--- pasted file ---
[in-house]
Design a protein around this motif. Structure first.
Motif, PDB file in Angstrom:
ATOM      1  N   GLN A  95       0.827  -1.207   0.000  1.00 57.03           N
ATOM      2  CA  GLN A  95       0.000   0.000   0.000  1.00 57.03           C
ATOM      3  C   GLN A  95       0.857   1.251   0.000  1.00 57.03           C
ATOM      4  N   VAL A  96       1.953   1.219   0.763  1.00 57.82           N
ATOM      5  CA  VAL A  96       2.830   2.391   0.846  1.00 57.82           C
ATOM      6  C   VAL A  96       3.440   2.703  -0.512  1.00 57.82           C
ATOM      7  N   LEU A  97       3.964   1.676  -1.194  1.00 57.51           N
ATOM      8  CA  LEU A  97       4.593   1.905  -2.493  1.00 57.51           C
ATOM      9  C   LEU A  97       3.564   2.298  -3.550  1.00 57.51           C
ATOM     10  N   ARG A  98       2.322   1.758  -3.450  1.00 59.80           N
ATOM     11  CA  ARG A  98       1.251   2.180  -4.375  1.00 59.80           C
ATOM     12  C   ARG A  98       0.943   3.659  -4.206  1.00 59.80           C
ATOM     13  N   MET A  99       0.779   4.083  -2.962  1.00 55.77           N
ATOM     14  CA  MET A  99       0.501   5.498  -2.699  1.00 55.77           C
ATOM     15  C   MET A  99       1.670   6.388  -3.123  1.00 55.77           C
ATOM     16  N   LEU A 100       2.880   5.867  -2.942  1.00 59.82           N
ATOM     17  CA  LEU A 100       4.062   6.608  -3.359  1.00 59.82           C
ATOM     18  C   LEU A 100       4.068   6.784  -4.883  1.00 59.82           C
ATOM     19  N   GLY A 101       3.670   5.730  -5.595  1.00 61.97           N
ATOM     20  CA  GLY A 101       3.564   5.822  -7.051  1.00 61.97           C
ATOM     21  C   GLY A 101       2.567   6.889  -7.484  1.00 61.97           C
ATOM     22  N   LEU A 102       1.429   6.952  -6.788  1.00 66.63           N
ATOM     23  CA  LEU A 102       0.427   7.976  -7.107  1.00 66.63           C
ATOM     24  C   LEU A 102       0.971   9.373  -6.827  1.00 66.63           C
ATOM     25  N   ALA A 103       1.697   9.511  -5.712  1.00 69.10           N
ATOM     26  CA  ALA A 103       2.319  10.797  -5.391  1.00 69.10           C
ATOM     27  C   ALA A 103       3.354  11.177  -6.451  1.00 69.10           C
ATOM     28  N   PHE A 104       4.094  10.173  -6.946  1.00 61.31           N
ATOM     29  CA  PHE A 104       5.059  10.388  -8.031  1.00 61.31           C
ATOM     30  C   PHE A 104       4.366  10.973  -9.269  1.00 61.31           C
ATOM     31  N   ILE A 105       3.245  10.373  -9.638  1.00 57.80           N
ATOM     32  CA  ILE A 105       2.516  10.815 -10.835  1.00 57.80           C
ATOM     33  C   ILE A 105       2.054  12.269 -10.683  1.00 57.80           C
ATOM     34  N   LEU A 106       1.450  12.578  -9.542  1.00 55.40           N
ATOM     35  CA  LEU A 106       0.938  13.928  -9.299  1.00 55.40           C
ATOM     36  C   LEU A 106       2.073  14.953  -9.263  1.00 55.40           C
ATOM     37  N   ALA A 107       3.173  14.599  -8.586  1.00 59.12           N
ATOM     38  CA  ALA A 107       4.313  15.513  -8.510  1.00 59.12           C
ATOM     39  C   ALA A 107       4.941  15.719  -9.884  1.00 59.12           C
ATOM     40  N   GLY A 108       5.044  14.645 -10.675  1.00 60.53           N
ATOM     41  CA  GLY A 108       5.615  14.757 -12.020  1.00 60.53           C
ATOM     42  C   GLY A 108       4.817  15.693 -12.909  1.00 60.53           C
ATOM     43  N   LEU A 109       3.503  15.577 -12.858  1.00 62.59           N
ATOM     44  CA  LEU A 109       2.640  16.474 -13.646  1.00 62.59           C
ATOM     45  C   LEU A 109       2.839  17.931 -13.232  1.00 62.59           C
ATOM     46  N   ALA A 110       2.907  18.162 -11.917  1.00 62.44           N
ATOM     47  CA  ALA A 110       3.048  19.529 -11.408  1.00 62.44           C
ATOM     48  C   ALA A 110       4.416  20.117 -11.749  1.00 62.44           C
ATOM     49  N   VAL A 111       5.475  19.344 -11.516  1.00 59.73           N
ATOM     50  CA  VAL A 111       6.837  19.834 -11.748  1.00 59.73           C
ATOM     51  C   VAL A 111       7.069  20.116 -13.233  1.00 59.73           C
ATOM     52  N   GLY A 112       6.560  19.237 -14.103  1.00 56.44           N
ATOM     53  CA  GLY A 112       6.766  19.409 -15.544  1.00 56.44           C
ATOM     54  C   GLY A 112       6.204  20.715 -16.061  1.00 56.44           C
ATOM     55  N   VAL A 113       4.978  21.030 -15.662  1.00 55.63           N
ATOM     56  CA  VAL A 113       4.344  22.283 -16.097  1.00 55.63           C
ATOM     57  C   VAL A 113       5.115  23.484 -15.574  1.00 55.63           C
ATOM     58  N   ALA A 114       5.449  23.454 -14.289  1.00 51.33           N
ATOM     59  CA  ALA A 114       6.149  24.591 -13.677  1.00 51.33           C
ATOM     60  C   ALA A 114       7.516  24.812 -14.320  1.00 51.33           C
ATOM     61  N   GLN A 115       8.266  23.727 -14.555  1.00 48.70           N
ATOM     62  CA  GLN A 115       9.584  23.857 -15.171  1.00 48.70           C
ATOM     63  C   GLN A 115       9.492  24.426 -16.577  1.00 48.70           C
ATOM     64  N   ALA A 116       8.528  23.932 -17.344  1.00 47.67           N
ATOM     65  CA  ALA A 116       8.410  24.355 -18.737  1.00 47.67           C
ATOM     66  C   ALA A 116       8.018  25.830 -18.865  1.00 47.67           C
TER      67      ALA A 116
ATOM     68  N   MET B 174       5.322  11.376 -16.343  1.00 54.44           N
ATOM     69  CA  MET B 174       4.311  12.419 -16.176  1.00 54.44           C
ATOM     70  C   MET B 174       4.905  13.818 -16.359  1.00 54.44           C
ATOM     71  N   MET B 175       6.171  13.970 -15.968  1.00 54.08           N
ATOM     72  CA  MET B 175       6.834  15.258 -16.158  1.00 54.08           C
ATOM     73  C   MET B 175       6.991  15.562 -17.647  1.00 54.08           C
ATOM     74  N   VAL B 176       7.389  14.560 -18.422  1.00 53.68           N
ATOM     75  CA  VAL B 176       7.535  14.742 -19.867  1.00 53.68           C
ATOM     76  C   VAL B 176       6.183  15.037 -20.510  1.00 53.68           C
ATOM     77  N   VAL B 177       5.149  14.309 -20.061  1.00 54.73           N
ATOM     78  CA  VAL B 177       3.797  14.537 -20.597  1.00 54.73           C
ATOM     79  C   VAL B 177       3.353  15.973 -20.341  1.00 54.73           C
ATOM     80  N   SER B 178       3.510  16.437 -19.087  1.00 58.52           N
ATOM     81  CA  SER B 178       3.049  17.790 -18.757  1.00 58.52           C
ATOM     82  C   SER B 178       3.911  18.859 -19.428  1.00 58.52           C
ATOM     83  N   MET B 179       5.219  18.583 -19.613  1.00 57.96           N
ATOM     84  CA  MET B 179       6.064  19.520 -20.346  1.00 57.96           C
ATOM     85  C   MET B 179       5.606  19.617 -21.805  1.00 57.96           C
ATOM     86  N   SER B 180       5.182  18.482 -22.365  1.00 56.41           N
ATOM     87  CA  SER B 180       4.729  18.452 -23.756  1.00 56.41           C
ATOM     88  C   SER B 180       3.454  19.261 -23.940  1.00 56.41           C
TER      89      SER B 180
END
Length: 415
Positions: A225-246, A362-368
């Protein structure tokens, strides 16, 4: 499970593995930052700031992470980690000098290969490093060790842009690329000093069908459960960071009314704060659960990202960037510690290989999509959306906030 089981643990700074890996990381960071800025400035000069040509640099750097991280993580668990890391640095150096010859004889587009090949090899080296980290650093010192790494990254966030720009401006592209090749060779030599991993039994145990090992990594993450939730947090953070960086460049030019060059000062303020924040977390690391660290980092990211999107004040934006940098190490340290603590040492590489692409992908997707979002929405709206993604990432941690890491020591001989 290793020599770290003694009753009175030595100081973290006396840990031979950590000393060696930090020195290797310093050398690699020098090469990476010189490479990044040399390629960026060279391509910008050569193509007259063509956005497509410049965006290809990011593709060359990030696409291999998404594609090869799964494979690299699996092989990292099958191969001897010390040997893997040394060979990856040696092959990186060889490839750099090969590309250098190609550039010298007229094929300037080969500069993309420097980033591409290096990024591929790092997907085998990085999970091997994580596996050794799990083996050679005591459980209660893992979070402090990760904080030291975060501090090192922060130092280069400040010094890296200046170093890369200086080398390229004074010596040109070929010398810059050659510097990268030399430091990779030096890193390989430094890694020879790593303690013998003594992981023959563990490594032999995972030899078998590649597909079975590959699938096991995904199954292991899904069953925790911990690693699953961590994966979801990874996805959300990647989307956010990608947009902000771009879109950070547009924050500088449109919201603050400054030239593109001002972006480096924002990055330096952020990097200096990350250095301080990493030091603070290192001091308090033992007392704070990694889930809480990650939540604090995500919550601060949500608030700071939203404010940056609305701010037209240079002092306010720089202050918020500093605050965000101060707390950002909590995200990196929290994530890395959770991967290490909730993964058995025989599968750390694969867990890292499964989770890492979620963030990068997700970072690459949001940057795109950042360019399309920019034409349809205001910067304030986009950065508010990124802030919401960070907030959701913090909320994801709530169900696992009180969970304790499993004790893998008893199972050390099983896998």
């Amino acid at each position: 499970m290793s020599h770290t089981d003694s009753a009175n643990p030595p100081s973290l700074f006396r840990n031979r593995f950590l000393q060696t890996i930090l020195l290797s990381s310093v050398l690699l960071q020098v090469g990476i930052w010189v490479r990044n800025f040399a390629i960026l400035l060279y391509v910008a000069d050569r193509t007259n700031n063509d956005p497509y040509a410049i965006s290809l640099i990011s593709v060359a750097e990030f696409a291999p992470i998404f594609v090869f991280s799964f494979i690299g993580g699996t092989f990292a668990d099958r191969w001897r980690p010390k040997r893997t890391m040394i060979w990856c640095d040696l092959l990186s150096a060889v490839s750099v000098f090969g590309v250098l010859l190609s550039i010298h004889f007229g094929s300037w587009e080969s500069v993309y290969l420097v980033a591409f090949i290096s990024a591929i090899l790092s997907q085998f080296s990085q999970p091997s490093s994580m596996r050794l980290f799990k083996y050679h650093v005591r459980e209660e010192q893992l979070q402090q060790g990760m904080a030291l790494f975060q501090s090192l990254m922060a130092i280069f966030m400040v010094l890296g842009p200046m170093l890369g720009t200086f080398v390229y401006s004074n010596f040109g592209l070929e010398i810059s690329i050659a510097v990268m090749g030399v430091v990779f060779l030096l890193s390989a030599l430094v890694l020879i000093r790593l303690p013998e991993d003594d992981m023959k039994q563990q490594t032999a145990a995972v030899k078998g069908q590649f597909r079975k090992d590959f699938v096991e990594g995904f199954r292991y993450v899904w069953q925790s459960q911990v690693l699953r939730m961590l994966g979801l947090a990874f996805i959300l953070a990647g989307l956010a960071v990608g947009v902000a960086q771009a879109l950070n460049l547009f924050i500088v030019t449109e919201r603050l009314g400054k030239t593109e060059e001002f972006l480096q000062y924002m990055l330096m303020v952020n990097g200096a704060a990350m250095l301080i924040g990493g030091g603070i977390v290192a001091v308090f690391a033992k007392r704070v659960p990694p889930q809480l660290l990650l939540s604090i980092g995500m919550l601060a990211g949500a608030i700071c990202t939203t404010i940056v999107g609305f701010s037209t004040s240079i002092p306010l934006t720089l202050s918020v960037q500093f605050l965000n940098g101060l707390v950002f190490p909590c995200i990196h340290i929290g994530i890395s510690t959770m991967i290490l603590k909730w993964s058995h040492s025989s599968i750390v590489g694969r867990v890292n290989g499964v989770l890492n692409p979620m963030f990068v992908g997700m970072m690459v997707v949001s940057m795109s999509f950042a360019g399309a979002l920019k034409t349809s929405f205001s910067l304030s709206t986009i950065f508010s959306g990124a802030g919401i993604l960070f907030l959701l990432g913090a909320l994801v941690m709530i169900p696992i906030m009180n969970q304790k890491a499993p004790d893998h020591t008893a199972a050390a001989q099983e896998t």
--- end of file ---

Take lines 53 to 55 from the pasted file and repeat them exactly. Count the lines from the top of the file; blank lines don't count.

ATOM     50  CA  VAL A 111       6.837  19.834 -11.748  1.00 59.73           C
ATOM     51  C   VAL A 111       7.069  20.116 -13.233  1.00 59.73           C
ATOM     52  N   GLY A 112       6.560  19.237 -14.103  1.00 56.44           N